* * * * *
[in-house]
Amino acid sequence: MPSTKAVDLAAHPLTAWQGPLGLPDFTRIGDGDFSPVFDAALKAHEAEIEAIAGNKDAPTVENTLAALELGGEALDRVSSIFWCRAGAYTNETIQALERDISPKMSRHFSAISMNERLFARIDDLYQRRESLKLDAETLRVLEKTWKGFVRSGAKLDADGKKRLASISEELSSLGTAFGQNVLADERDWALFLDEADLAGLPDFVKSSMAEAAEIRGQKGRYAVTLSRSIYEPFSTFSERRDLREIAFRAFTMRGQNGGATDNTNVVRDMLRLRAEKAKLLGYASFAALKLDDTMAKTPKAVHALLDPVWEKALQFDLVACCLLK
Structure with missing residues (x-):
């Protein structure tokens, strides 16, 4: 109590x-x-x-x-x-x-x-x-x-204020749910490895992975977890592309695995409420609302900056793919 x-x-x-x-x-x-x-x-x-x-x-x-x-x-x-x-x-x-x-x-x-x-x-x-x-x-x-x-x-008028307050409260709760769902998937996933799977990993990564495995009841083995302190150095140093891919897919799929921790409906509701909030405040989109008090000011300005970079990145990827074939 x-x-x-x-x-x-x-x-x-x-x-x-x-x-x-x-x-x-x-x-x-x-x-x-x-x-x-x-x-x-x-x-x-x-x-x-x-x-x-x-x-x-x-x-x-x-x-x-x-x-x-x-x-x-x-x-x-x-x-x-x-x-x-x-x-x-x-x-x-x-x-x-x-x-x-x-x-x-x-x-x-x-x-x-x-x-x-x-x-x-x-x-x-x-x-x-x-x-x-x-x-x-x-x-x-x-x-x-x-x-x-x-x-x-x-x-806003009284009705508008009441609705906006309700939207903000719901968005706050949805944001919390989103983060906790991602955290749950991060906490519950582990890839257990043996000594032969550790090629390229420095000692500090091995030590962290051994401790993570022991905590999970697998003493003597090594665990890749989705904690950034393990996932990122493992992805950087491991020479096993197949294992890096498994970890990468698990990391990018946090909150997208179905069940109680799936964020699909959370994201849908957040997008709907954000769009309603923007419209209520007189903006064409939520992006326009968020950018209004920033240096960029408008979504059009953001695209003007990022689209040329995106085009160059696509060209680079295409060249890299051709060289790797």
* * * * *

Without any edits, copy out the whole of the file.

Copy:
[in-house]
Amino acid sequence: MPSTKAVDLAAHPLTAWQGPLGLPDFTRIGDGDFSPVFDAALKAHEAEIEAIAGNKDAPTVENTLAALELGGEALDRVSSIFWCRAGAYTNETIQALERDISPKMSRHFSAISMNERLFARIDDLYQRRESLKLDAETLRVLEKTWKGFVRSGAKLDADGKKRLASISEELSSLGTAFGQNVLADERDWALFLDEADLAGLPDFVKSSMAEAAEIRGQKGRYAVTLSRSIYEPFSTFSERRDLREIAFRAFTMRGQNGGATDNTNVVRDMLRLRAEKAKLLGYASFAALKLDDTMAKTPKAVHALLDPVWEKALQFDLVACCLLK
Structure with missing residues (x-):
């Protein structure tokens, strides 16, 4: 109590x-x-x-x-x-x-x-x-x-204020749910490895992975977890592309695995409420609302900056793919 x-x-x-x-x-x-x-x-x-x-x-x-x-x-x-x-x-x-x-x-x-x-x-x-x-x-x-x-x-008028307050409260709760769902998937996933799977990993990564495995009841083995302190150095140093891919897919799929921790409906509701909030405040989109008090000011300005970079990145990827074939 x-x-x-x-x-x-x-x-x-x-x-x-x-x-x-x-x-x-x-x-x-x-x-x-x-x-x-x-x-x-x-x-x-x-x-x-x-x-x-x-x-x-x-x-x-x-x-x-x-x-x-x-x-x-x-x-x-x-x-x-x-x-x-x-x-x-x-x-x-x-x-x-x-x-x-x-x-x-x-x-x-x-x-x-x-x-x-x-x-x-x-x-x-x-x-x-x-x-x-x-x-x-x-x-x-x-x-x-x-x-x-x-x-x-x-x-806003009284009705508008009441609705906006309700939207903000719901968005706050949805944001919390989103983060906790991602955290749950991060906490519950582990890839257990043996000594032969550790090629390229420095000692500090091995030590962290051994401790993570022991905590999970697998003493003597090594665990890749989705904690950034393990996932990122493992992805950087491991020479096993197949294992890096498994970890990468698990990391990018946090909150997208179905069940109680799936964020699909959370994201849908957040997008709907954000769009309603923007419209209520007189903006064409939520992006326009968020950018209004920033240096960029408008979504059009953001695209003007990022689209040329995106085009160059696509060209680079295409060249890299051709060289790797």